By Ronan Lunny, (Year 13 pupil, St. Michael’s College)
On Friday November 9th, English Literature students from: St Michael’s College Enniskillen, accompanied by Mrs Bernie O’Reilly, Enniskillen Royal Grammar School, accompanied by Mrs Maeve Ferguson, and Coláiste Colmcille in Ballyshannon, met at the Abbey Theatre Ballyshannon, for a poetry masterclass from renowned anthologist, Niall Mac Monagle. This event was part of the annual Allingham Arts Festival.
This was a cross-border and cross-community activity; bringing together pupils from a variety of backgrounds, which was witnessed and acknowledged by the newly appointed Irish Minister for Education, Mr Joe Mc Hugh, a native himself of Donegal.
Saturated by characteristically Donegal weather, we were warmly greeted upon arrival, by members of the Allingham committee and the staff of the Abbey Theatre. Many students had the chance to chat and mingle with Minister McHugh, who was traversing the room, conversing with young people about issues they felt to be the most paramount.
When addressing the room, and in conversation, Minister Mc Hugh expressed his astonishment and elation at the political motivation of young people in Ireland, especially with regard to issues such as climate change, and the environment. Minister Mc Hugh exhibited a clear passion for education in his speech. He took particular interest in the cross-community endeavours of St. Michael’s College and Enniskillen Royal Grammar School through the Peace Studies scheme.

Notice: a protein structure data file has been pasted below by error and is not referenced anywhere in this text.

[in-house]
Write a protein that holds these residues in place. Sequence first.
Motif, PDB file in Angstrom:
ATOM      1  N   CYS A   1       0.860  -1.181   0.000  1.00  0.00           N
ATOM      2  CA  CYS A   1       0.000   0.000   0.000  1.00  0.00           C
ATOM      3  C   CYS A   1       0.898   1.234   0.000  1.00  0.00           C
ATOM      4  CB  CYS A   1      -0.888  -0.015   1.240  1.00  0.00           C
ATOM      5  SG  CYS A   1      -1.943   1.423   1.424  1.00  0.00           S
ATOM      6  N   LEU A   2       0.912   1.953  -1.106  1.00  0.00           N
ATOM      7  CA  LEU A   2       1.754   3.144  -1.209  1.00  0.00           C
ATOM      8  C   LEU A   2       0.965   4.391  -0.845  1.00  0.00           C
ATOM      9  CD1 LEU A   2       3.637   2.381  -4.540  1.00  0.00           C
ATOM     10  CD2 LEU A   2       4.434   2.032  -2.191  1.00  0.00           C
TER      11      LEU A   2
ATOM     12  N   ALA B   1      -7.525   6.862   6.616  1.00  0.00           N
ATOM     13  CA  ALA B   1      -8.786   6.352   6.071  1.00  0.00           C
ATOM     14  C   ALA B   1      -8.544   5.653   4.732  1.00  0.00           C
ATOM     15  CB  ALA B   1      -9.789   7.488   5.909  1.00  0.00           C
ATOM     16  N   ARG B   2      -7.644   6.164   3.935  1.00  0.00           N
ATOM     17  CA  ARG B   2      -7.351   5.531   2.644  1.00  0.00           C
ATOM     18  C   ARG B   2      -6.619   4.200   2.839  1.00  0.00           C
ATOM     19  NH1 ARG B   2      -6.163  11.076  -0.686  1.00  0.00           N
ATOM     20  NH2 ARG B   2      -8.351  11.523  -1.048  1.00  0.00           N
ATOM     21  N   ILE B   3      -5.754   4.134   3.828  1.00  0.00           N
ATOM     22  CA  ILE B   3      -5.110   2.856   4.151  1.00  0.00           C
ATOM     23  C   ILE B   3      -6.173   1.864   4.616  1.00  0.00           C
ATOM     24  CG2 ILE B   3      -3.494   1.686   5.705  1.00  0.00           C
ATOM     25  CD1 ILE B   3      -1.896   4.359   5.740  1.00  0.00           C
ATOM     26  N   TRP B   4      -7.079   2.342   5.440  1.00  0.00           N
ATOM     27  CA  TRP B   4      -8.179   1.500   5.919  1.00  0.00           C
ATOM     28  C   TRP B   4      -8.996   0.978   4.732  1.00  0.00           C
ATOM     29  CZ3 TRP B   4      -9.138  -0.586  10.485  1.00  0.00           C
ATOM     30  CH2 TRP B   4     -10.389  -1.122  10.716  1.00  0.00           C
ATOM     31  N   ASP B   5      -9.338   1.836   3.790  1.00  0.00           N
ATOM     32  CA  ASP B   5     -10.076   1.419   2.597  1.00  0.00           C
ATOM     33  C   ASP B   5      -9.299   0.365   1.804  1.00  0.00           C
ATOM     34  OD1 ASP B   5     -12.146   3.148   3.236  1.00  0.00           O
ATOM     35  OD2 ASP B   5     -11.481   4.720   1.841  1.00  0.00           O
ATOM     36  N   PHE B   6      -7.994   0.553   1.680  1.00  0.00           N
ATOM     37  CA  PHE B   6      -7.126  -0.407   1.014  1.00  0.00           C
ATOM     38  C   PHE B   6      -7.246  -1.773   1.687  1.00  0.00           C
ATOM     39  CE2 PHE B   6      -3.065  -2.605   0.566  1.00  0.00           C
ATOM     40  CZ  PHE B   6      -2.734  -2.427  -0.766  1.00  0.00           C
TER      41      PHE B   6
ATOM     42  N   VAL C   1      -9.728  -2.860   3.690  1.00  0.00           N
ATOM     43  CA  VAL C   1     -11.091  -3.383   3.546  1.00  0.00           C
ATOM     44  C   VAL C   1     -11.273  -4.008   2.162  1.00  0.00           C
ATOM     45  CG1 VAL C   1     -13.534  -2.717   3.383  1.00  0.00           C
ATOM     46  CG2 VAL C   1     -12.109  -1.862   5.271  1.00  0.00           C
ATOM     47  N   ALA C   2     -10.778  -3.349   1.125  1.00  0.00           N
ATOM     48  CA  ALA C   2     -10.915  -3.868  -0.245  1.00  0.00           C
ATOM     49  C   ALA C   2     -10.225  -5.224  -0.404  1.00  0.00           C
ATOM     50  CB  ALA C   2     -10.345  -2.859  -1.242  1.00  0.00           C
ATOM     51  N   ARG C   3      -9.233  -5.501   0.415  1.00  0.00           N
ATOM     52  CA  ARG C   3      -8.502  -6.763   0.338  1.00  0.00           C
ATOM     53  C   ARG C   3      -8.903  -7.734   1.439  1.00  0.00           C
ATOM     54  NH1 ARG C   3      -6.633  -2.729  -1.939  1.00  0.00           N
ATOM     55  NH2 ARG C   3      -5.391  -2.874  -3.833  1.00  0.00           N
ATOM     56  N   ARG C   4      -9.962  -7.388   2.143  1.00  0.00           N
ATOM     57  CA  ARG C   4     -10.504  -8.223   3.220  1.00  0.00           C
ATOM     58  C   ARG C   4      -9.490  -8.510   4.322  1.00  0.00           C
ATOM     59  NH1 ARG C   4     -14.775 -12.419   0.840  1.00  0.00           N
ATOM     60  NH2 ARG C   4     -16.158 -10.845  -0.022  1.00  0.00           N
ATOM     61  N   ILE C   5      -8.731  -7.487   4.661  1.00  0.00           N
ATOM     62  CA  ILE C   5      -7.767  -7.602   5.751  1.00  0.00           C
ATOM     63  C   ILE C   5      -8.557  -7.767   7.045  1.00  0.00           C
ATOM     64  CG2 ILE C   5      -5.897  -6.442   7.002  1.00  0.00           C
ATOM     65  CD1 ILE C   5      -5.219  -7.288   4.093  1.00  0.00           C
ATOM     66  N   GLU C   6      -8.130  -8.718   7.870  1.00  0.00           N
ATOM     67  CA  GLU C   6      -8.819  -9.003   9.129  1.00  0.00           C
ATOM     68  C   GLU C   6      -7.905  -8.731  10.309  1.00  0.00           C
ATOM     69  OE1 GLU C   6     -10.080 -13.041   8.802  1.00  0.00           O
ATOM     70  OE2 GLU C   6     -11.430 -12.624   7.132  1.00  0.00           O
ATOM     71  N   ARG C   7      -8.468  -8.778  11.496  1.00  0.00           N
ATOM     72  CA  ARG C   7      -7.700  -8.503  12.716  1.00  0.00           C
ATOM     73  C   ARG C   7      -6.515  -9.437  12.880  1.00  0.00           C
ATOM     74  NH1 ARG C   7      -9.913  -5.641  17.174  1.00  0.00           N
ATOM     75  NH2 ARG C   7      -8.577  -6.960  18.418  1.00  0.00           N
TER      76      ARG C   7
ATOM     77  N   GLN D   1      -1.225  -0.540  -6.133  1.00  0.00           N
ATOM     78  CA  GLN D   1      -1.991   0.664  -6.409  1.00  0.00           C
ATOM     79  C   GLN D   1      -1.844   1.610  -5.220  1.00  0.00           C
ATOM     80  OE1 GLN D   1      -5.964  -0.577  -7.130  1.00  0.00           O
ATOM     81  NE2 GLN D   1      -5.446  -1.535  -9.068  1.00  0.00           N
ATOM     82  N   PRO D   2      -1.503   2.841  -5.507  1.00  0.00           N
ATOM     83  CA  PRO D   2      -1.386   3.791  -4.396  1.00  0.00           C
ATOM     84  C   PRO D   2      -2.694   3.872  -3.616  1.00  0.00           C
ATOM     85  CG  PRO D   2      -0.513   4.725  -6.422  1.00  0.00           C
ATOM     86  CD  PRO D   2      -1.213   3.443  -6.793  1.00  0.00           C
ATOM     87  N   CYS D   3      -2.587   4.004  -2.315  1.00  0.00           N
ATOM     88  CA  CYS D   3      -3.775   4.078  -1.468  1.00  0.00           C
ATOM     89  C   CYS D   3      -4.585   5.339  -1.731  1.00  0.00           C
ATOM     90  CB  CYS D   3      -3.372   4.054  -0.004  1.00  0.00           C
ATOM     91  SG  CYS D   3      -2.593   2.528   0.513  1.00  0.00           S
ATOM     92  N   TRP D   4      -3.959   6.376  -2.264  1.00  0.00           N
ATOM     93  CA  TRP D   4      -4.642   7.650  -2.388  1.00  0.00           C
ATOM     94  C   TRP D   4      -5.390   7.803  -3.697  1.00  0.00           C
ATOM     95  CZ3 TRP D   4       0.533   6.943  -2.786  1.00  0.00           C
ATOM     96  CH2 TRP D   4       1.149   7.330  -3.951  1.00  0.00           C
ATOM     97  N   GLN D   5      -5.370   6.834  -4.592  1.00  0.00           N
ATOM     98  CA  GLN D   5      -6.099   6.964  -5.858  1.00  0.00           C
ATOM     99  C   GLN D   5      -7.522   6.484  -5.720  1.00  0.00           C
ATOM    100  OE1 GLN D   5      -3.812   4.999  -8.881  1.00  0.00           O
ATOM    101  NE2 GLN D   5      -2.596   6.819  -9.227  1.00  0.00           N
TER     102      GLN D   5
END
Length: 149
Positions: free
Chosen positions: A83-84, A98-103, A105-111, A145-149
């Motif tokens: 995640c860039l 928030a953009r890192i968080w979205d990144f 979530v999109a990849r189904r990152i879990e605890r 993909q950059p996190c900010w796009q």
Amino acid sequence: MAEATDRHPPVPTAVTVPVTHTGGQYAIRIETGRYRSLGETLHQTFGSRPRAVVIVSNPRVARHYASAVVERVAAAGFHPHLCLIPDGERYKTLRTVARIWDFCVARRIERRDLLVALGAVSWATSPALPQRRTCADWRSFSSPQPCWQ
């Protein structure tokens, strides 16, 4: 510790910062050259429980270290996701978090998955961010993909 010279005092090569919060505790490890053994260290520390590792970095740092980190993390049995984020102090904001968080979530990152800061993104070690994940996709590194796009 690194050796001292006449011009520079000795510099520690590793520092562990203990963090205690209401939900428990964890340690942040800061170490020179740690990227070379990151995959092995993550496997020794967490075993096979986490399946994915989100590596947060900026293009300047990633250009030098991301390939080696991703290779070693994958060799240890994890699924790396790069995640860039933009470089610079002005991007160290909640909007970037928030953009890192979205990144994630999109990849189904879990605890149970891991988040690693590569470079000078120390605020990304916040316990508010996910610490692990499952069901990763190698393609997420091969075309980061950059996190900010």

Especially resounding for the students present, was Mr McHugh’s comments on young people’s duty and responsibility for ensuring Ireland’s stability in the future. Par contre to the usual rhetoric in this respect, Mr McHugh stressed that we are already Ireland’s present and future, reinforcing the need for a cross-border co-operation now.
Following our reception with the minister, students and teachers were seated in the theatre for our workshop with author, Niall Mac Monagle, a former tutor and lecturer of English in Wesley College Dublin, and a former teacher of none other than Graham Norton; who still regularly reaches out to Mac Monagle for publishing advice.
To have the opportunity to hear from someone of such extensive knowledge and experience in the field of poetry, was naturally an honour for English students and teachers alike. The speaker deigned to tear down any preconceptions about poetry, to make it less daunting and black and white; in his own words, asking “what have we here?” as opposed to “what is this about?”, focussing more on the effect poetry has on the reader.
Mac Monagle urged the audience to develop a great fondness and awareness of literature in order to formulate our own personal style and flair, which is of course preeminent in ‘A ‘Level studies. Astounding knowledge of literature, poetry, and art, and a functional link throughout the three disciplines was exhibited by Mac Monagle, and this analogy was of particular interest to the pupils gathered.
Beyond his semantic intellect and commentary on the creative process, the audience were treated to excellent practical advice for English examinations, with exemplar pieces of Mac Monagle’s star students down the years; including an evocative piece entitled “Plastic Surgery” by a young Graham Walker in 1981! Teachers were also generously gifted with copies of Mac Monagle’s texts on poetry and other useful resources that are certainly worth their weight in gold.